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A Perioperative Evaluation of Respiratory Mechanics Using the Forced Oscillation Technique

Kuzukawa, Yosuke MD; Nakahira, Junko MD, PhD; Sawai, Toshiyuki MD, PhD; Minami, Toshiaki MD, PhD

doi: 10.1213/ANE.0000000000000720
Technology, Computing, and Simulation: Brief Report
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BACKGROUND: The forced oscillation technique is a new approach for assessing perioperative respiratory function.

METHODS: This study enrolled 40 patients undergoing general anesthesia: 20 for ≥2 hours and 20 for <2 hours. Respiratory parameters were measured the day before and after surgery using forced oscillation during normal tidal breathing.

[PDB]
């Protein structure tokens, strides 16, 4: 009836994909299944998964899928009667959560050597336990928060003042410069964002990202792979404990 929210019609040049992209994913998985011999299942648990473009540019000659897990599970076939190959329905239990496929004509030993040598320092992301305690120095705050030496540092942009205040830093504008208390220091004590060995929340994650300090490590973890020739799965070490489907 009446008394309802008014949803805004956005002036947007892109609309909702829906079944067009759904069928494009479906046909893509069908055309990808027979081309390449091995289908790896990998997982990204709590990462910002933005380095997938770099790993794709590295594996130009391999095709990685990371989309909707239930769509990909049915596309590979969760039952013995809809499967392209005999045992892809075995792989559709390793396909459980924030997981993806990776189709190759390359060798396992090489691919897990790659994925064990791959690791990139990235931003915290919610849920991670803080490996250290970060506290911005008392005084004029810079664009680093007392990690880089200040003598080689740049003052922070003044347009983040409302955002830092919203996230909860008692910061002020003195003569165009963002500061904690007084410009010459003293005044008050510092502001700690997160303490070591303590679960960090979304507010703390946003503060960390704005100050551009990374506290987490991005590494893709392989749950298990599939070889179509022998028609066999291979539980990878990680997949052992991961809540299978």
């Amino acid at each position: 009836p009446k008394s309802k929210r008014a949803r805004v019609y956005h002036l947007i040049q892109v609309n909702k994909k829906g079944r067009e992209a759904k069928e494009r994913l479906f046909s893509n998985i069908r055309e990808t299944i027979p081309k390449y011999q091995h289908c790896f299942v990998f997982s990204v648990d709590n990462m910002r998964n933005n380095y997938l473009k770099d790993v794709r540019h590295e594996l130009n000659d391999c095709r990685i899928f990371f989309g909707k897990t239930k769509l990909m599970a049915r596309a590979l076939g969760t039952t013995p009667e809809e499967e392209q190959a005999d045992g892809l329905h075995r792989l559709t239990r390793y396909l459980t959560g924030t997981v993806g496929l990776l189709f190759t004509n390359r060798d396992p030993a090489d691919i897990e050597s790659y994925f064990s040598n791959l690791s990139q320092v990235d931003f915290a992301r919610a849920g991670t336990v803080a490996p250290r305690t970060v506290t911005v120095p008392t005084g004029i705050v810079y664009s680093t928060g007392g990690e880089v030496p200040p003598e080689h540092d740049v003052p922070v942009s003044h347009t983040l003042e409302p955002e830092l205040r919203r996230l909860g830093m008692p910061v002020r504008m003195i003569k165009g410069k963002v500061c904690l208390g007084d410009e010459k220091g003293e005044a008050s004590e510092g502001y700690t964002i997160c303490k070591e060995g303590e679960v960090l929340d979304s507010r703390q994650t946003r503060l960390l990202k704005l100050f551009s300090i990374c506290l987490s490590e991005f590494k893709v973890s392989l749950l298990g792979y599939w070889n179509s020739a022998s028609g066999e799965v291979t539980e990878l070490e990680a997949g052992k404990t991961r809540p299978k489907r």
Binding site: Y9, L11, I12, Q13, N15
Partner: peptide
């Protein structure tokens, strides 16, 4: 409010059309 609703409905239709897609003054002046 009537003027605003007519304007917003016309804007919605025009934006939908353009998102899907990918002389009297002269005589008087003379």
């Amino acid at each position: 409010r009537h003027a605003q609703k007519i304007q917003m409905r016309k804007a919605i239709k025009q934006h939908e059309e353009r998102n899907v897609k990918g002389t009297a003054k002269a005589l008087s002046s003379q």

RESULTS: Respiratory resistance at 5 Hz (P = 0.029 with the Student t test with unequal variances and P = 0.033 with analysis of covariance) changed significantly in the patients who underwent procedures for which they were anesthetized for >2 hours.

CONCLUSIONS: The forced oscillation technique is a clinical tool that can be used to assess the effects of perioperative ventilation strategies on respiratory mechanics.

Published ahead of print April 2, 2015

From the Department of Anesthesiology, Osaka Medical College, Osaka, Japan.

Accepted for publication December 9, 2014.

Published ahead of print April 2, 2015

Funding: None.

The authors declare no conflicts of interest.

Reprints will not be available from the authors.

Address correspondence to Junko Nakahira, MD, PhD, Department of Anesthesiology, Osaka Medical College, 2-7 Daigakumachi, Takatsuki, Osaka 569-8686, Japan. Address e-mail to ane052@poh.osaka-med.ac.jp.